At this point, basal cell doesn't scare me. Yes, it
is cancer, as the surgeon emphasized to me back in 2009. But basal cell typically does not spread to other parts of the body, as many cancers do. It can expand on the skin from its origin and it can do nerve damage by sending down roots, if not taken care of.

Melanoma is the bad one because it is considered malignant. Squamous is of a little more concern than basal, but not much if caught early.

Also today, dermatologist froze four areas of precancerous skin on the sides of my face. For the new few days, I'll look like a burn victim. But that's a small price to pay as a preventative against future cancer.

For someone who has spent much of his life in the outdoors, I'm one of the lucky ones. I started early with maintenance to address the damage that the sun has done to my skin over the years. An annual checkup and a few frozen spots on my face generally are all I need now.

But I've seen many older anglers, including some whose names you'd recognize, who've paid dearly for their unprotected time in the sun.

Please, don't you be another one of them. If you're someone who spends considerable time in the sun, whether fishing, hiking, playing sports, or working, you should visit a dermatologist at least once a year to ensure you don't have skin cancer. And you're never too old to start.

On the other hand, you could die prematurely if you don't.

Also, wear clothing that will protect your skin from the sun. I long ago stopped wearing tee shirts and shorts for a day on the water. Now, it's long sleeves and pants. I might start and end the day wearing a baseball cap. But when the sun is high, I also wear a hat that will protect my ears and neck. A buff is another good option to protect those areas, while specialty gloves offer good protection for hands.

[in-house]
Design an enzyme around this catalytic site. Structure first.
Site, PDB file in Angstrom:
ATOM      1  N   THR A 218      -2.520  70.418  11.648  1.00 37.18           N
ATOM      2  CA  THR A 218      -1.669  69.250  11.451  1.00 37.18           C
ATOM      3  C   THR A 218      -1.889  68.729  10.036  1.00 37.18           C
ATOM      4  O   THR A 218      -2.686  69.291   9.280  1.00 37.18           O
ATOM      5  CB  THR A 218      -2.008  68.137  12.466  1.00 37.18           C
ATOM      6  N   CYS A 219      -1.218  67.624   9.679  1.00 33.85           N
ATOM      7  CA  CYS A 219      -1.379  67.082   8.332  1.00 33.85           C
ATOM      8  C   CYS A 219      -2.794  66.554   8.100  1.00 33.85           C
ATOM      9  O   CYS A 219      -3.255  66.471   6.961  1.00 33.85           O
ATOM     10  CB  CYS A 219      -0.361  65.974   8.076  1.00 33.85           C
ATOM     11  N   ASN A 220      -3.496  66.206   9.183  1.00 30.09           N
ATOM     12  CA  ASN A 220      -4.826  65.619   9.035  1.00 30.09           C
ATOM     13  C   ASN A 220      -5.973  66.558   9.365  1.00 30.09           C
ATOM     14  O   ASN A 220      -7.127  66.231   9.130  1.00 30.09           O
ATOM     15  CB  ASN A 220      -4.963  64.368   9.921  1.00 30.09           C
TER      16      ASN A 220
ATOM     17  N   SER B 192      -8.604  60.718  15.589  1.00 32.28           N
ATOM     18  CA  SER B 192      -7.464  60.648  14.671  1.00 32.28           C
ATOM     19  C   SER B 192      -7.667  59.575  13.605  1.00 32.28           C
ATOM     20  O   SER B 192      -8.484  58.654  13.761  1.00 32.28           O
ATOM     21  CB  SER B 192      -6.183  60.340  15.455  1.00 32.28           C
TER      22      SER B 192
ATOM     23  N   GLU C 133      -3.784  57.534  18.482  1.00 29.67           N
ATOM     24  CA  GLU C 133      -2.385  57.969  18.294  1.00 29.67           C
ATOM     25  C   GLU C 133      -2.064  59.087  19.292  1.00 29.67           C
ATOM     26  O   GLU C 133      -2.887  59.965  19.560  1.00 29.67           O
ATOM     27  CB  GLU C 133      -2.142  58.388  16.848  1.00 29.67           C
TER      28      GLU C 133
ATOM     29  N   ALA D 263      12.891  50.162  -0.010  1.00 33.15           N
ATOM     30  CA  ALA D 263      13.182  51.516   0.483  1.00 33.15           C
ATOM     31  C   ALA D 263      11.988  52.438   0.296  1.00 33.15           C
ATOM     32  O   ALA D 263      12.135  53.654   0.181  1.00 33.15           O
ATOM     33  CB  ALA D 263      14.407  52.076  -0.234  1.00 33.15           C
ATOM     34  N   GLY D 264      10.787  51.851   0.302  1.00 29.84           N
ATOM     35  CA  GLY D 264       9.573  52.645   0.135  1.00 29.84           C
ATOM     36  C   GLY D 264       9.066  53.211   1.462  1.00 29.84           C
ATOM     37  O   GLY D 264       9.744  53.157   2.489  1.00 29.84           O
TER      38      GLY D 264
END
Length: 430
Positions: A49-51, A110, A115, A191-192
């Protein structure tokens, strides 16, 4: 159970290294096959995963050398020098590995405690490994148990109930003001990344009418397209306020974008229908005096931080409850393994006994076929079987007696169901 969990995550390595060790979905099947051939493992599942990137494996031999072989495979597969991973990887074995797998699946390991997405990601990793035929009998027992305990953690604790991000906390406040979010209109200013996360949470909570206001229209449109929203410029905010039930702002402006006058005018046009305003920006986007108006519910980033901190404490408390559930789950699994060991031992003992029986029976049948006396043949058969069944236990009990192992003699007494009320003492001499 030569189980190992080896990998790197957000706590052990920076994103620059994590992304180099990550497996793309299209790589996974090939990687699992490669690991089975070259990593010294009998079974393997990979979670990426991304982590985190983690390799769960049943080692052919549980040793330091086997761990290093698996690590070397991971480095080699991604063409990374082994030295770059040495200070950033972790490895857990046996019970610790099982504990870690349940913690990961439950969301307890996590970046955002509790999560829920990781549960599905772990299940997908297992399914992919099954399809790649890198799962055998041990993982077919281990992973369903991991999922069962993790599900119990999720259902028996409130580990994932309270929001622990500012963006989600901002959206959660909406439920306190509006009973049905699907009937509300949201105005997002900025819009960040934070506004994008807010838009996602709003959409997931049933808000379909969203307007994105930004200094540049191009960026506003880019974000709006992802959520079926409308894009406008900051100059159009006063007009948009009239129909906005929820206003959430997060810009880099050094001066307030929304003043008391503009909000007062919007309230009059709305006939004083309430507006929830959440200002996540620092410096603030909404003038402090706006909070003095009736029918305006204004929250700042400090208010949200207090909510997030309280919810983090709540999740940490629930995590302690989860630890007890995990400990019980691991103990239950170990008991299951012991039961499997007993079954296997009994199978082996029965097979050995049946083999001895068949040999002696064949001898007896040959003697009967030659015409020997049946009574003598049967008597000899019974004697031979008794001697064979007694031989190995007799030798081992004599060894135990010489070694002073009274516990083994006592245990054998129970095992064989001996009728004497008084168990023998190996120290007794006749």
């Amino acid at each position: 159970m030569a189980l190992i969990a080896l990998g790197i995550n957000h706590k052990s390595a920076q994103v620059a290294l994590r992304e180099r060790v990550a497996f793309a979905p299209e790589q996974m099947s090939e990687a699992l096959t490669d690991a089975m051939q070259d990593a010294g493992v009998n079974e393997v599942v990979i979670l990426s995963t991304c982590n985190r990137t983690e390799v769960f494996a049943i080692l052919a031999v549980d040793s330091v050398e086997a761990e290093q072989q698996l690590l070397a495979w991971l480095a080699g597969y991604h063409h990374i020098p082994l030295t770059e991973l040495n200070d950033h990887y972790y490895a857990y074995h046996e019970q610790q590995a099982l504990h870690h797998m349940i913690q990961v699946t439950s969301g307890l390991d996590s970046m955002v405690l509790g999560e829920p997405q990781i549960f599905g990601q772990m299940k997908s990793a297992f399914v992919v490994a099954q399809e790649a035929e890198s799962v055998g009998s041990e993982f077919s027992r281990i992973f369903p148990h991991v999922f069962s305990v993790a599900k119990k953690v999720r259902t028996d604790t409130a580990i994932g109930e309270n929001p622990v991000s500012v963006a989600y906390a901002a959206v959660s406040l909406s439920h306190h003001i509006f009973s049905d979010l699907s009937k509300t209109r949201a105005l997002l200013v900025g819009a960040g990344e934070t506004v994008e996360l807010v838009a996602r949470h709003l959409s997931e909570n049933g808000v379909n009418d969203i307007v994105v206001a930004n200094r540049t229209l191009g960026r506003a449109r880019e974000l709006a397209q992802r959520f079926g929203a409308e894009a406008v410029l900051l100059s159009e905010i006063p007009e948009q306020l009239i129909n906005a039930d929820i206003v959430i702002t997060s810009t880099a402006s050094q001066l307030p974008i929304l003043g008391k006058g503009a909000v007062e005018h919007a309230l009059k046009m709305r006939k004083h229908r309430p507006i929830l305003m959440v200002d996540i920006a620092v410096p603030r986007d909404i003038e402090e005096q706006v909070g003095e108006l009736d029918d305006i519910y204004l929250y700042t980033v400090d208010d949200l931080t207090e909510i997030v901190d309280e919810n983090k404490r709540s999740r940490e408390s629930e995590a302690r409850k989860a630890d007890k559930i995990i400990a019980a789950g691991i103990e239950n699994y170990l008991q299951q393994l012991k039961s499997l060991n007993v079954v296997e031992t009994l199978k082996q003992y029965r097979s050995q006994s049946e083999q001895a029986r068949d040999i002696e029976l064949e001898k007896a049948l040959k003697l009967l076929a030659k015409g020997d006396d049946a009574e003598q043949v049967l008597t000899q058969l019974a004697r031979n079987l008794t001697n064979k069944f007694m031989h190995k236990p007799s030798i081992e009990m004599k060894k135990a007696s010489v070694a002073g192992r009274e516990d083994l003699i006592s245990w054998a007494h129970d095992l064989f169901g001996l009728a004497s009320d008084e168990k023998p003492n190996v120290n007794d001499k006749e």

And don't forget the sun block, especially for your face.

Halloween Treat From Book That You Will Enjoy Year Around


Halloween is one of the times that I remember best from my childhood, a simpler time when many Baby Boomers were growing up. This is an excerpt from "Dracula's Disciple" in Under the Bed: Tales From An Innocent Childhood. If you were a child during the 50s, 60s, or 70s, this book will take you back in time and awaken your own fond memories.

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Bugged in Walmart

As I pushed my metal cart into the checkout lane at Walmart, a large, green praying mantis landed on the frame.

Startled, but never wanting to pass up the chance to have a little fun, I pointed out the insect to the cashier and said, "I'm not paying for that."

mantis2 low

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Tall Grass Delights

My house sits on 1 ½ acres, with much of the land sloping steeply down to the lake.

As soon as I moved in, I started allowing grass to grow unchecked on both sides. I did this to cut down on runoff and improve water quality in the lake.

Instinctively, I knew that allowing the land to exist naturally again would attract wildlife, but I really didn’t give it much thought.